If you liked the $787 billion stimulus package, followed by an earmark-packed $410 billion omnibus spending bill, you'll love President Obama's $3.55 trillion federal budget proposal. At least that seems to be the logic behind this latest round of federal spending, clocking in at nearly $3.6 trillion a little over a year after the first $3 trillion budget and just six years after on-budget spending first passed $2 trillion.
Rep. Cynthia Lummis, a Wyoming Republican who sits on the House Budget Committee, says that taxpayers may be "fatigued and overloaded" by the numbers floating out of Washington after a rapid succession of bailouts, rescues, recovery plans, and stimulus packages. But Republican leaders warned in a conference call Wednesday that the bill for all this spending will soon come due and "the bill is coming in the form of President Obama's budget."
The budget increases federal spending by $1 trillion over the next decade, doubles the publicly held national debt, projects $600 billion annual budget deficits even after the recession is over, and raises taxes by $1.4 trillion. Obama plans to raise the top two income tax brackets to 36 percent and the Clinton-era maximum rate of 39.6 percent. His budget phases out personal exemptions and limits itemized deductions for those deemed wealthy, reducing the value of their deduction by one-fourth.
But not even those outside the "wealthiest 1 percent" emerge unscathed. The Obama budget proposes a $646 billion cap-and-trade scheme that energy companies are sure to pass on to consumers. "The president says there isn't anyone that makes under $250,000 that's going to pay one dime of new taxes," House Minority Leader John Boehner said in a radio interview this week. "It's just not true. They've got this energy tax in there that they call cap-and-trade. I call it cap-and-tax. If you drive a car, you're going to pay it. If you buy goods that are produced in the United States, you're going to pay it. And if you have the audacity to flip on a light switch, you're going to pay it."
Ultimately, it doesn't matter what House Republicans think of the new president's budget. Obama's party is firmly in control of Congress. But some key Democrats may yet balk at the price tag, especially after voting for several large spending items in just the past few months. This problem will only get worse if, as expected, the Congressional Budget Office announces today that deficits over the next ten years will be $1 trillion larger than Obama's spending plan assumes.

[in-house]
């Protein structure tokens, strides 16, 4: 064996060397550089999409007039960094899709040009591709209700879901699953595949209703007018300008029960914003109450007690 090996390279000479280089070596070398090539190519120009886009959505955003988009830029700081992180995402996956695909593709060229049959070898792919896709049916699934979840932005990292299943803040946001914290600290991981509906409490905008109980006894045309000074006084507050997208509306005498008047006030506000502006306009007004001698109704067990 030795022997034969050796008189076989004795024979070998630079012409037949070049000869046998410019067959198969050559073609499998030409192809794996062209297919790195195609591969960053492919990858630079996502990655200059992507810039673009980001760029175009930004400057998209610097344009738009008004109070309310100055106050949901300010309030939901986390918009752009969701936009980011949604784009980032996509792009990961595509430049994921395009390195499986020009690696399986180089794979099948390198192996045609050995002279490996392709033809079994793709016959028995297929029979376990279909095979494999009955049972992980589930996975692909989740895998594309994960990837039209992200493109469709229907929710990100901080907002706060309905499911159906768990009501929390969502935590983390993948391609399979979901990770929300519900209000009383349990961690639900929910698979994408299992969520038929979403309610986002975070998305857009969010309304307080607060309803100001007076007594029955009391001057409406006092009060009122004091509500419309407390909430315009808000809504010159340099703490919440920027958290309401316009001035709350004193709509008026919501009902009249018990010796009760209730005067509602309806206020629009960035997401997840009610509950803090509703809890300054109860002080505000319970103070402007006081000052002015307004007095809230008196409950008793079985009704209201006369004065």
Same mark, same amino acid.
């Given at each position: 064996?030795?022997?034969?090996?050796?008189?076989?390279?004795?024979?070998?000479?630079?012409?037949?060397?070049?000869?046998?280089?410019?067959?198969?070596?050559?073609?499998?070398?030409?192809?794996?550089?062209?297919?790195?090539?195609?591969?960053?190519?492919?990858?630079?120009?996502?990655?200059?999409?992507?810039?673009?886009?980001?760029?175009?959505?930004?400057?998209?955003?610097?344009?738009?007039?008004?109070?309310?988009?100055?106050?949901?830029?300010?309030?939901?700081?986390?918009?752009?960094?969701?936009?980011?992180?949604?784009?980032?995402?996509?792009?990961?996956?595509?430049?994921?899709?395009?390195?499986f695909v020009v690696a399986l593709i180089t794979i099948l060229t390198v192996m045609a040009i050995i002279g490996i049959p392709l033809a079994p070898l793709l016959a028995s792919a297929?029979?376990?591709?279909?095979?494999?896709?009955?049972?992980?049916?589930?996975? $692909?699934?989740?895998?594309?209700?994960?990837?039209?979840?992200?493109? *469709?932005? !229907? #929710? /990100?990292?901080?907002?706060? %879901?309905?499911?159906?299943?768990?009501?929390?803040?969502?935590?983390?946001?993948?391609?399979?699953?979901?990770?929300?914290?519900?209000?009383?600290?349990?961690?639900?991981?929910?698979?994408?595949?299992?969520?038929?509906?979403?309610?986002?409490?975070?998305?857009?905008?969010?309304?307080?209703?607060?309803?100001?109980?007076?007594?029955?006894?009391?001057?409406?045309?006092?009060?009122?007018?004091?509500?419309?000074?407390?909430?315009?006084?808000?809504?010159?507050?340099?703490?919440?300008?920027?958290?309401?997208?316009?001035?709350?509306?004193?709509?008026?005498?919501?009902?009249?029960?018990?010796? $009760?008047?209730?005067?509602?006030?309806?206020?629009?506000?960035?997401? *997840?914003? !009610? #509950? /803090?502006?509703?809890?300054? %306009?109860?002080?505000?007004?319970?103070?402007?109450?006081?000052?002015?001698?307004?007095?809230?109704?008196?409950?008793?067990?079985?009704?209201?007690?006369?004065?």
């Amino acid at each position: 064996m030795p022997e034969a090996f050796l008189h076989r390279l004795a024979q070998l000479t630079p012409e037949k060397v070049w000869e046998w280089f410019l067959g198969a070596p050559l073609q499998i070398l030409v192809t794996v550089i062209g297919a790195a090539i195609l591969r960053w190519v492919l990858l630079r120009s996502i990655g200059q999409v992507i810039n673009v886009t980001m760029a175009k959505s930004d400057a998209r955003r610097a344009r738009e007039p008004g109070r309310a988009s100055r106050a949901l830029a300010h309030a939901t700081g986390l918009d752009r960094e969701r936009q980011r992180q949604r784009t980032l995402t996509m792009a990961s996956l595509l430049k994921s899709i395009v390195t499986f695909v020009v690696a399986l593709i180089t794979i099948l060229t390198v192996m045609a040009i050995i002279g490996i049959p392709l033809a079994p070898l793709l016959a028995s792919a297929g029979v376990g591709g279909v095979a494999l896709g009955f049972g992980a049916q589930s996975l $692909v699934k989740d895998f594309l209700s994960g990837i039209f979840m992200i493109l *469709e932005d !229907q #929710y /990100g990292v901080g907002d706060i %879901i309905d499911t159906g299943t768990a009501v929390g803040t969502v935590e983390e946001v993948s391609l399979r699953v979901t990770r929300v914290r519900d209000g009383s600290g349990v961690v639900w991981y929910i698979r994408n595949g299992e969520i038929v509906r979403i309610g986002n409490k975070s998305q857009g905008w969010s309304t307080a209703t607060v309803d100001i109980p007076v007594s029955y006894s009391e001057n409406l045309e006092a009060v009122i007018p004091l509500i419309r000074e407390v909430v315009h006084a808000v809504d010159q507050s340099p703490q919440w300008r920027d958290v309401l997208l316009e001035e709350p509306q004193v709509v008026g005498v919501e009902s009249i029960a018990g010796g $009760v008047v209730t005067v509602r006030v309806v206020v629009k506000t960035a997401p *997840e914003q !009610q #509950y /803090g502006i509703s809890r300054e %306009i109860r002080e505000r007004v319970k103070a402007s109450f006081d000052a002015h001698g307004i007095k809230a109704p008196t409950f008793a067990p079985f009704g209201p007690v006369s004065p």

Senate Budget Committee Chairman Kent Conrad (D-N.D.) has been complaining that the deficits anticipated by the Obama administration are "unsustainable" and he has suggested to Washington reporters that the budget presently lacks the votes needed to pass. Conrad has also hinted that he is opposed to the White House using the reconciliation process to pass its health care plan, a position that helped doom the Clinton administration's health proposal when taken by Sen. Robert Byrd (D-W.Va.) back in 1993.
In the House, the Blue Dogs are howling. The coalition of 51 moderate to conservative Democrats has proposed capping non-defense discretionary spending at the rate of inflation. They may also object to any new programs that increase the size of the deficit. "We're concerned…with the Obama budget that we are -- according to their numbers -- maintaining $500 billion or more in deficit spending in the latter five years," Rep. Stephanie Herseth Sandlin (D-S.D.), a Blue Dog Coalition co-chair, told Reuters.
So far, the Blue Dogs have failed to do much to restrain the Obama administration or their liberal congressional leadership. They lost the fight to keep Congressman Henry Waxman (D-Calif.) from seizing jurisdiction over climate change policy from Congressman John Dingell (D-Mich.). While they did delay and somewhat reshape the stimulus package, only 11 Blue Dogs voted against the original, more expensive version and just six voted against the deficit-increasing "compromise" that eventually became law.
In a similar vein, leading Senate Democrats like Conrad frequently complain about the size of the deficit and national debt. Yet the Politico reported: "But thus far, Conrad seems in retreat himself, saying this week that he now expects to report only a five-year budget next week -- putting off a real fight over the long-term debt."
Nevertheless, a few centrist Democrats seem to be hardening in their opposition. Sen. Evan Bayh (D-Ind.), who is up for reelection in 2010, voted against the appropriations act, wrote a Wall Street Journal op-ed asking Obama to veto it, and has formed a working group of the least liberal Senate Democrats.
Democrats controlled both houses of Congress by similar margins when a coalition of Republicans and right-leaning Democrats came within one vote in each chamber of voting down Bill Clinton's first budget sixteen years ago. Back then, there were more conservative Democrats in Congress and the president was already out of his honeymoon period. But it's also the case that Clinton's budgets considered deficit reduction a priority while Obama's might produce $6.9 trillion in future deficits.
That's trillion, with a "t." If that isn't a target deficit hawks in the Democratic Party can hit, then the Blue Dogs won't hunt.
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